Remaking a turn-of-the-century apartment building into a sophisticated paean to bachelor living ain’t easy. Just ask Greg Meyering. When the CPA and private investor bought a historic Logan Square greystone in 2004 on the neighborhood’s namesake boulevard, it was a shambles of small rooms, dark hallways, and wasted space.
“Let’s just say it needed help,” says the divorced 67-year-old. Back then, his two adult children lived on the first floor and his younger pair split their time between Mom’s place and Dad’s apartment on the upper two floors of this 6,000-square-foot building.
Nearly a decade later, with his older offspring launched into the world, Meyering decided it was time to make his house a unified home that reflects his peripatetic lifestyle. An avid ice climber and traveler, he wanted an eclectic showcase for artwork he’s found on trips to Africa and South America.
His eldest daughter connected him with Wicker Park–based SuzAnn Kletzien Design, and Meyering gave the decorator free rein over his abode. “I told SuzAnn the house was a blank canvas, to make it open and special,” he says. The only requirements: rooms for his kids, restored craftwork where possible, and lots of seating areas for the frequent parties he planned to host.
Since the building has city landmark status, Meyering had to wait a year for renovation permits to convert his property into a single-family home; he also went 50 percent over budget, spending close to $1.5 million. The three-floor house — now with three bedrooms, three and a half bathrooms, and a full-floor suite — took more than three years to complete.
But all the attention to detail and artisanship was worth it. In fact, when Meyering’s home was included in last year’s Logan Square Preservation’s annual house walk, some 1,200 people dropped by, often waiting in line.
Kletzien enlisted architect Dan Miller and builders Marlin and Mike Olson to open up the first floor with a continuous flow of rooms that are delineated by furnishings instead of walls. “It took many guys working for four months just to do the woodwork,” Meyering says, pointing to the crown moldings and staircase banister, carved with dainty spindles.
Since the rehab’s completion in 2016, Meyering has hosted at least half a dozen parties a year. During the Super Bowl, the holidays, or a soiree to honor a friend’s attempted Everest summit, up to 50 guests have spilled across the main floor and its various lounges, from a wood-lined sunroom to a dignified conversation room. Each shows off Meyering’s affinity for luxe materials, like velvet, marble, and hide.
In the private quarters upstairs, every room was designed with a specific resident in mind, and yet it all works together. On the second floor (“the kids’ floor,” as Meyering calls it), a second sunroom — with a rattan swing — is a cheerful spot for his 15-year-old son to make Lego projects. His 17-year-old daughter chills in a princess lair complete with an iron canopy bed and a chandelier shaped like a pirate ship. “She wanted a say in the look of her room, and she got what she wanted,” Meyering notes.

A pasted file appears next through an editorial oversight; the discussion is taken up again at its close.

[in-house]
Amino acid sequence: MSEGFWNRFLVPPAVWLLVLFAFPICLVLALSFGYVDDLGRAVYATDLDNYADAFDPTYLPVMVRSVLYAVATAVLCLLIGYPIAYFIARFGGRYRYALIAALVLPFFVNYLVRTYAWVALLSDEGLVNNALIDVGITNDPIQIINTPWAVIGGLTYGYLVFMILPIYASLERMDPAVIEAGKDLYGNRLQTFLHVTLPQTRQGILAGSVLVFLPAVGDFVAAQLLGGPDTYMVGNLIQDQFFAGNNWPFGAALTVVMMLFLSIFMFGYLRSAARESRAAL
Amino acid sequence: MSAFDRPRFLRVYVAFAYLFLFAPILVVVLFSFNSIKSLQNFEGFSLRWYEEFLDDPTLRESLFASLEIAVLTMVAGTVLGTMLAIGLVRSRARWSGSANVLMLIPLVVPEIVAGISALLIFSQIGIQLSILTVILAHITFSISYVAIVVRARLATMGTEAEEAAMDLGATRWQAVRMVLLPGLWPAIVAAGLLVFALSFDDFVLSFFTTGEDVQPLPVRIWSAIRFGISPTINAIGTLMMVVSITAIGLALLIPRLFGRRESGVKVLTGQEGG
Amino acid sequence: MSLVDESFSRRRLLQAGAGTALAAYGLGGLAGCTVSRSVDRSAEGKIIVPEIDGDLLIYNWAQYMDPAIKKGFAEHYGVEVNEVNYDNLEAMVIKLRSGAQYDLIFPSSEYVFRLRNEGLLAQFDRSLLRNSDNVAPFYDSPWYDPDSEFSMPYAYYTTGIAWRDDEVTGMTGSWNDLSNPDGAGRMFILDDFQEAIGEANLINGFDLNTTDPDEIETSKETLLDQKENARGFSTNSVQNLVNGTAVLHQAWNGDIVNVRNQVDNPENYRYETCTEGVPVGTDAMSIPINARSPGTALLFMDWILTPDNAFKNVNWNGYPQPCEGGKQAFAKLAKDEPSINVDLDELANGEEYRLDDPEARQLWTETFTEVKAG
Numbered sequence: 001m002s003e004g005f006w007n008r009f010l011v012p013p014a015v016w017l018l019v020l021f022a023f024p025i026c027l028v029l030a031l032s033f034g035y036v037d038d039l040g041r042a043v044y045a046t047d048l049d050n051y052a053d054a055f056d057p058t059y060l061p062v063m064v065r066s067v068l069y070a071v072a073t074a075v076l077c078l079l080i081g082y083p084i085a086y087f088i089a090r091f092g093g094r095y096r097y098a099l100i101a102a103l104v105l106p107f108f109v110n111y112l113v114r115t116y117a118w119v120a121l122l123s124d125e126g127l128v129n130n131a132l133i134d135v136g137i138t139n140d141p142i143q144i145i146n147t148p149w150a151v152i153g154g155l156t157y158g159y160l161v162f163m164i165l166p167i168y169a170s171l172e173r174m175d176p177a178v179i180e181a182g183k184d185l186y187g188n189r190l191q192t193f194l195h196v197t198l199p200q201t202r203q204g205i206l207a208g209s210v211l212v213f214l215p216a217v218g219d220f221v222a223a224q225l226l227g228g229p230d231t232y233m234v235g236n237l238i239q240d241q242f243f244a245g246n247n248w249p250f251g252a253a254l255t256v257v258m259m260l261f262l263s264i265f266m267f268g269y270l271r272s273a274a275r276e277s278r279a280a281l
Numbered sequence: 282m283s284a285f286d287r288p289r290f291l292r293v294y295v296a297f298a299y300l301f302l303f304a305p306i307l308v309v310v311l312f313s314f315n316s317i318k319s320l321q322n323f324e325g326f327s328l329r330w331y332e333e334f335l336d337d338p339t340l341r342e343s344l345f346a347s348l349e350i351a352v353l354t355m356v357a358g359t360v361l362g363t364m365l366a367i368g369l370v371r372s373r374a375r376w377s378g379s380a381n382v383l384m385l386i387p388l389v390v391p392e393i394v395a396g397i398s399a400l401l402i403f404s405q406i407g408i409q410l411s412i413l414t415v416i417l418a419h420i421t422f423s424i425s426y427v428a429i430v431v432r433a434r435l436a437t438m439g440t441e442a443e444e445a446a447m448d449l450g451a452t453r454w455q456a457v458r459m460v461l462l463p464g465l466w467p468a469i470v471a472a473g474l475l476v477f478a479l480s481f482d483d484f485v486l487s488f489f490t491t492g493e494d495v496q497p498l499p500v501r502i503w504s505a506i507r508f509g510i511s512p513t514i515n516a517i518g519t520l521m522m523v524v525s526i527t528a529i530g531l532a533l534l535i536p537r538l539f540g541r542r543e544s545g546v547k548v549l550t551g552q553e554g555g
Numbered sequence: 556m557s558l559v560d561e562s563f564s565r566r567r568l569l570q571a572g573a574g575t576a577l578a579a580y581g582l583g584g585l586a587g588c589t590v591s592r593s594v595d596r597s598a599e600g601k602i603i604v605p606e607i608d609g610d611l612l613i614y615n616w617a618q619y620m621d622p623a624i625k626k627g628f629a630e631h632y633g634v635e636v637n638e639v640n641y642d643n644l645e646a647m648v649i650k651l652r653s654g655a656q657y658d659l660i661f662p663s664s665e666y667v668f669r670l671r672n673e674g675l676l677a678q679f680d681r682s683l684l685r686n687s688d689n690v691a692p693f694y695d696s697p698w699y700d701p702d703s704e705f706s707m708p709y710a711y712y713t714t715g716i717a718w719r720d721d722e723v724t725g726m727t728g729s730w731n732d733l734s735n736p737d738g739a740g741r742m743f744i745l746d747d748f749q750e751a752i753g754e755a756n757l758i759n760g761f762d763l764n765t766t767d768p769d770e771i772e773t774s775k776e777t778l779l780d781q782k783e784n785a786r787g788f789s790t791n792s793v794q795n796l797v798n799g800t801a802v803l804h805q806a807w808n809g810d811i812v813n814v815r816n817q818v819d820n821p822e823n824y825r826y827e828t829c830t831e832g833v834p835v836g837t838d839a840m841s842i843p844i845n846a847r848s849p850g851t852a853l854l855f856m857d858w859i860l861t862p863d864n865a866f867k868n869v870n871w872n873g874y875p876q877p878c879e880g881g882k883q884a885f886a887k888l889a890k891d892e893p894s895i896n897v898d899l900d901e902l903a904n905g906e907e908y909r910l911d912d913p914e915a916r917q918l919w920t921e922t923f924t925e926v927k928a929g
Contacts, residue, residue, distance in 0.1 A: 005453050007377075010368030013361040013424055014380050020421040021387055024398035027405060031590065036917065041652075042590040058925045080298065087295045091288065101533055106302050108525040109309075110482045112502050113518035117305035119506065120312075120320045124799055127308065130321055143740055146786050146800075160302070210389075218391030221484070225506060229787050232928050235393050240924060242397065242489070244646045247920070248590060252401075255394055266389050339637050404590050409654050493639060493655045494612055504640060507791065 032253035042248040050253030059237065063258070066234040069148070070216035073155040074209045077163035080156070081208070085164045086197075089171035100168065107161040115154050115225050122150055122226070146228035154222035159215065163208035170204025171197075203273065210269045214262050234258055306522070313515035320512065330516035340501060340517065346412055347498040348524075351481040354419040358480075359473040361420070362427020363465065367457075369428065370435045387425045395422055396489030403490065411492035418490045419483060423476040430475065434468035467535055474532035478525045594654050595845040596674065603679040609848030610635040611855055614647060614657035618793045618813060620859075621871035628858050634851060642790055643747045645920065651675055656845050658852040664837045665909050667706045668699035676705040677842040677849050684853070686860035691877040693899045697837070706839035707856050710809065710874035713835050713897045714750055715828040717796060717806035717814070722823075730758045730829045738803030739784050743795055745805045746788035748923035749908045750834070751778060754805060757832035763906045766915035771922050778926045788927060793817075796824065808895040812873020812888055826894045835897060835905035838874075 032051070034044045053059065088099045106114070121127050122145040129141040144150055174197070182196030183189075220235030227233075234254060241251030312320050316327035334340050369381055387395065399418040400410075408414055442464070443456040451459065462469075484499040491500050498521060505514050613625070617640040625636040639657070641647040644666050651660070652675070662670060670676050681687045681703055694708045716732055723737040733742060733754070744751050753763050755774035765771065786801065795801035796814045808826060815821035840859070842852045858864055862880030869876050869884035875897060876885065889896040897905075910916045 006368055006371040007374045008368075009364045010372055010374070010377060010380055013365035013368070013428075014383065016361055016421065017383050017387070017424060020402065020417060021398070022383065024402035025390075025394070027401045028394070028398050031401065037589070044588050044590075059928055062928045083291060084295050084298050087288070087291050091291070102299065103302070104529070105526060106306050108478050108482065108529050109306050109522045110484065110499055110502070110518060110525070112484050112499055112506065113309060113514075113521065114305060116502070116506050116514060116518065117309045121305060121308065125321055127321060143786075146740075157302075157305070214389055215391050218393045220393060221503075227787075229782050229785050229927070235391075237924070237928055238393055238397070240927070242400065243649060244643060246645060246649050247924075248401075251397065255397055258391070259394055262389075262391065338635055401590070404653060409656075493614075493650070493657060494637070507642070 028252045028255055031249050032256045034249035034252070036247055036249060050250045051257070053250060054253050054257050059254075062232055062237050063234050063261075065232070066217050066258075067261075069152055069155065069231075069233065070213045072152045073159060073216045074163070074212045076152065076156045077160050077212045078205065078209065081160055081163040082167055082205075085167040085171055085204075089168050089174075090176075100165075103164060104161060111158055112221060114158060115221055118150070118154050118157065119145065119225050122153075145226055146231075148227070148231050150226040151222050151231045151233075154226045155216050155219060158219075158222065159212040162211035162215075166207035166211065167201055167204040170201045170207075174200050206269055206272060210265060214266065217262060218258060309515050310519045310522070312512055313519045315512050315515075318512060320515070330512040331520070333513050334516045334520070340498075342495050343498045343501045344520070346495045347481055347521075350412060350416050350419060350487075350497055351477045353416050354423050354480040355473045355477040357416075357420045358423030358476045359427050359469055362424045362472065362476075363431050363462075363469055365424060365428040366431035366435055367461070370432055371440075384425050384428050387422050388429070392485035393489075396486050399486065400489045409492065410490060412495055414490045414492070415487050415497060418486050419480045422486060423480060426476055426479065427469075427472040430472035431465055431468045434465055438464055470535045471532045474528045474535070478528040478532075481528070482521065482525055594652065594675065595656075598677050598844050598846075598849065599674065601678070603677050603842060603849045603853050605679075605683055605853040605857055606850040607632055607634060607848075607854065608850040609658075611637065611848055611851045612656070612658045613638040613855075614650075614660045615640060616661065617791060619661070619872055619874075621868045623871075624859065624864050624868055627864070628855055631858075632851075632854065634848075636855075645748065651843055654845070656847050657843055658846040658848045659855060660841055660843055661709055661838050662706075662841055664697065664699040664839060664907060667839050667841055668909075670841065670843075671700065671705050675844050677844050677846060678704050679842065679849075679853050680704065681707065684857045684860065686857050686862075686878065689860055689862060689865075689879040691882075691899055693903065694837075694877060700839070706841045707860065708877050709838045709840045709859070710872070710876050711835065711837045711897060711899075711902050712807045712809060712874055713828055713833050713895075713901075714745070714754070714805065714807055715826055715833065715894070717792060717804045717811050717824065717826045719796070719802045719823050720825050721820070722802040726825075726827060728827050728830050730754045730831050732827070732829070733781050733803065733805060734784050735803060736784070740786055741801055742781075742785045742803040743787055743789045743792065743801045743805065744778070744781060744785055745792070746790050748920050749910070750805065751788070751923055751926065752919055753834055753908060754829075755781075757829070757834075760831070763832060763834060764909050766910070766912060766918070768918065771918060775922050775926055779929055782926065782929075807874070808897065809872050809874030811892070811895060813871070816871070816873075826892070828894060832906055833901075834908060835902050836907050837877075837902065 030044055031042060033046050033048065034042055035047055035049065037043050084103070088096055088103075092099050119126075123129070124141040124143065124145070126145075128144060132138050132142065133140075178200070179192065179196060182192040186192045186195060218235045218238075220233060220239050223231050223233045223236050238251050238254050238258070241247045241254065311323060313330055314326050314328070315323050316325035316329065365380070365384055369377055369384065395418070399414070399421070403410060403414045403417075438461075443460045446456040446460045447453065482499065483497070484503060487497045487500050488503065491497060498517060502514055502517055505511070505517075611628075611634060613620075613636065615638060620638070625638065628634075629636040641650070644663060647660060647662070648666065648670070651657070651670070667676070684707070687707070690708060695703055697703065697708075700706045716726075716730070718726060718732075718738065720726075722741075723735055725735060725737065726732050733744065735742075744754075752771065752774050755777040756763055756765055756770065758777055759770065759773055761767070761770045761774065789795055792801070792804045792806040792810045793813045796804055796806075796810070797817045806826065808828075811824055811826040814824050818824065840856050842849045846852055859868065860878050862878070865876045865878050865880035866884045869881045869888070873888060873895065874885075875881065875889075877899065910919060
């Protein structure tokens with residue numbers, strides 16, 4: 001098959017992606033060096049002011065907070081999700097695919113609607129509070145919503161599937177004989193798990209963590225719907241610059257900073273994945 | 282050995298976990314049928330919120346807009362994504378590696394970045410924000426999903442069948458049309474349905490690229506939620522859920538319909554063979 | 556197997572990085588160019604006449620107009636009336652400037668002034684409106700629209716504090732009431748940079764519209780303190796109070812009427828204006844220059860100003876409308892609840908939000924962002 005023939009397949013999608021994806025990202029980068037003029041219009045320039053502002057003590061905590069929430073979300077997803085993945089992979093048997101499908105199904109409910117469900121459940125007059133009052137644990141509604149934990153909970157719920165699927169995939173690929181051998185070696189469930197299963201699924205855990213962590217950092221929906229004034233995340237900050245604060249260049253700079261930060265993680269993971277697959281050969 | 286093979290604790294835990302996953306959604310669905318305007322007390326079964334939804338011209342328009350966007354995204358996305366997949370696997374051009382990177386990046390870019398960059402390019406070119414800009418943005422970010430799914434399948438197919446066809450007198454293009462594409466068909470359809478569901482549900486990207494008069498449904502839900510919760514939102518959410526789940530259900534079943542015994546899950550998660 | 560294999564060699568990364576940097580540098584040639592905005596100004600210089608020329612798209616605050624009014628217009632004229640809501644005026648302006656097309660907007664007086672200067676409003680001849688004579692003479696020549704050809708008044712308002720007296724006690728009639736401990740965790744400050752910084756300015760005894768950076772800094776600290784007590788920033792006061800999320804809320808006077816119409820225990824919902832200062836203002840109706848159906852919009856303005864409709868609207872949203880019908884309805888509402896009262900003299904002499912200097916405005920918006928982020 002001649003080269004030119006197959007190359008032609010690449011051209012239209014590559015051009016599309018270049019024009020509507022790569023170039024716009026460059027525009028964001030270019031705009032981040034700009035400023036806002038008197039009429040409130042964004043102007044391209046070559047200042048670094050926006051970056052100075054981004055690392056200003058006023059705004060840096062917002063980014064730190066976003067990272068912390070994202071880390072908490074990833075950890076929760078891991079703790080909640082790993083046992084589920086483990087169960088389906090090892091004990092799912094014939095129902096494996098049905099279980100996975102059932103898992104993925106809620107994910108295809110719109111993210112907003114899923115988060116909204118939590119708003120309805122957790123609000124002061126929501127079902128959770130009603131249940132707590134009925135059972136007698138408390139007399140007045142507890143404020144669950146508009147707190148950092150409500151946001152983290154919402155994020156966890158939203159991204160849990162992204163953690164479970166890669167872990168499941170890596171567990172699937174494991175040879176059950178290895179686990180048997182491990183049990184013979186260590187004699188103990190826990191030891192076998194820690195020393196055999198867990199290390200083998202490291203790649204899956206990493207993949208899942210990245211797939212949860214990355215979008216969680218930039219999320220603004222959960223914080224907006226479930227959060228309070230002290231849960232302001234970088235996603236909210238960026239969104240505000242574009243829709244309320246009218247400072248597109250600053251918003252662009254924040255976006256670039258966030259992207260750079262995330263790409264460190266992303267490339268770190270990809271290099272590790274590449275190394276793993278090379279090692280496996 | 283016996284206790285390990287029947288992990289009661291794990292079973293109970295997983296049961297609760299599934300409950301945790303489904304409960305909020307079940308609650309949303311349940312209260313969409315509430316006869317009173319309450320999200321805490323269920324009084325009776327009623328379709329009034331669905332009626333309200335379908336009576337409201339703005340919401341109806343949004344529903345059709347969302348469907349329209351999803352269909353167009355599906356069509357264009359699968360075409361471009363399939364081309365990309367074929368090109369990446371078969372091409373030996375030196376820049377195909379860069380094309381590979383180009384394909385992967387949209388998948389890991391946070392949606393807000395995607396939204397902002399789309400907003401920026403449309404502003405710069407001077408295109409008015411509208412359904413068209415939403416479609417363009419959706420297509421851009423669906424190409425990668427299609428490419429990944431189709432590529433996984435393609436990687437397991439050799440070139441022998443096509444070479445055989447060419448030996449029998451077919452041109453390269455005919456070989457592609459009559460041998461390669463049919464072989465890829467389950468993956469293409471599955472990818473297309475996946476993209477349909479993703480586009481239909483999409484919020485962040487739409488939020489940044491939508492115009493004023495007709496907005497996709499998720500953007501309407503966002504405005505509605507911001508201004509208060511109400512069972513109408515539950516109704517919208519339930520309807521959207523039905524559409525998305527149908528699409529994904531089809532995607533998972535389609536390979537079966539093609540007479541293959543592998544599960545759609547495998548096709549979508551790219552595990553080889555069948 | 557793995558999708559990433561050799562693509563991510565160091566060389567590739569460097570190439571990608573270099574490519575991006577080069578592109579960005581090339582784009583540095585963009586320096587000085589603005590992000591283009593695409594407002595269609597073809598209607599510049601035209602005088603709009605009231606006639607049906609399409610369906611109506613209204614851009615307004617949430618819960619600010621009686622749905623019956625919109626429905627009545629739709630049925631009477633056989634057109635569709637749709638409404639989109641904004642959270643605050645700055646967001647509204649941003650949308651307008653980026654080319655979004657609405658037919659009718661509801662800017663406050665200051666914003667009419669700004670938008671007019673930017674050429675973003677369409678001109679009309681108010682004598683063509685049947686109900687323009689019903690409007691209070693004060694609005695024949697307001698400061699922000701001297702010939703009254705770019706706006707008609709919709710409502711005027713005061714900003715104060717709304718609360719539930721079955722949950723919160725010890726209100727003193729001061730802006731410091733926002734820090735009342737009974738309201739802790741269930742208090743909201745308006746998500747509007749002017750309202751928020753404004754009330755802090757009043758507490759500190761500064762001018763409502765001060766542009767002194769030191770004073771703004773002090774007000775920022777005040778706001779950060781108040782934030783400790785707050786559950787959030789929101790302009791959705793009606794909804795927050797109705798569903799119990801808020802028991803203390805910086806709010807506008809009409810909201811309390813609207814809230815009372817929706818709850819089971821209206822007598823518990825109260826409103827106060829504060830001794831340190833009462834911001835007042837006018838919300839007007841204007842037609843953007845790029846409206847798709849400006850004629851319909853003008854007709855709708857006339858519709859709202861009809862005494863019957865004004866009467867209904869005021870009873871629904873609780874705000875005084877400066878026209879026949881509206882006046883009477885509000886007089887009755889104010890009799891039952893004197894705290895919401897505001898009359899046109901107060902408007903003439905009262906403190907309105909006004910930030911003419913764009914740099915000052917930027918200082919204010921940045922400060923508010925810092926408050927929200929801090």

But the biggest wow factor is the third floor, which is dedicated to the homeowner. Most striking is a den with Robert Crowder marbleized wallpaper that evokes the hypnotic swirls of Jupiter. To add warmth, Kletzien brought in brass-footed side tables, pale blue high-back chairs, and a sapphire sofa. The wood-burning fireplace also helps.
The handsome space is attached to the cozy master bedroom, where a tiger-print cowhide rug is splayed on the floor. One odd detail here: a massive but mostly empty closet, with another door at its rear. “I have a secret section for my ice-climbing gear,” Meyering says, revealing his stash of clothing for completing ascents in South America and climbing Kilimanjaro.
The third sunroom, with turf tiles, a love seat swing, and mix-and-match all-weather furnishings, adds whimsy to the otherwise refined master suite. “It’s a three-season space that gives the home an ‘outdoor’ area, since there is no actual open-air lounge area,” Meyering says.
No tour is complete without a stop at a framed photo of a steep, icy mountain. In 2017, Meyering scaled a 17,631-foot peak in the Peruvian Andes; the picture reminds him of one of his life’s lessons. “Our worlds are so sheltered today,” he laments. “By putting risk back into my experience, I feel more alive.”
His gamble with a once-neglected building — now a lively space for friends and family — proves his philosophy can be applied at home as well. Though taking a risk on renovating another house may be out of the question. “I really don’t see me moving anytime soon,” he says.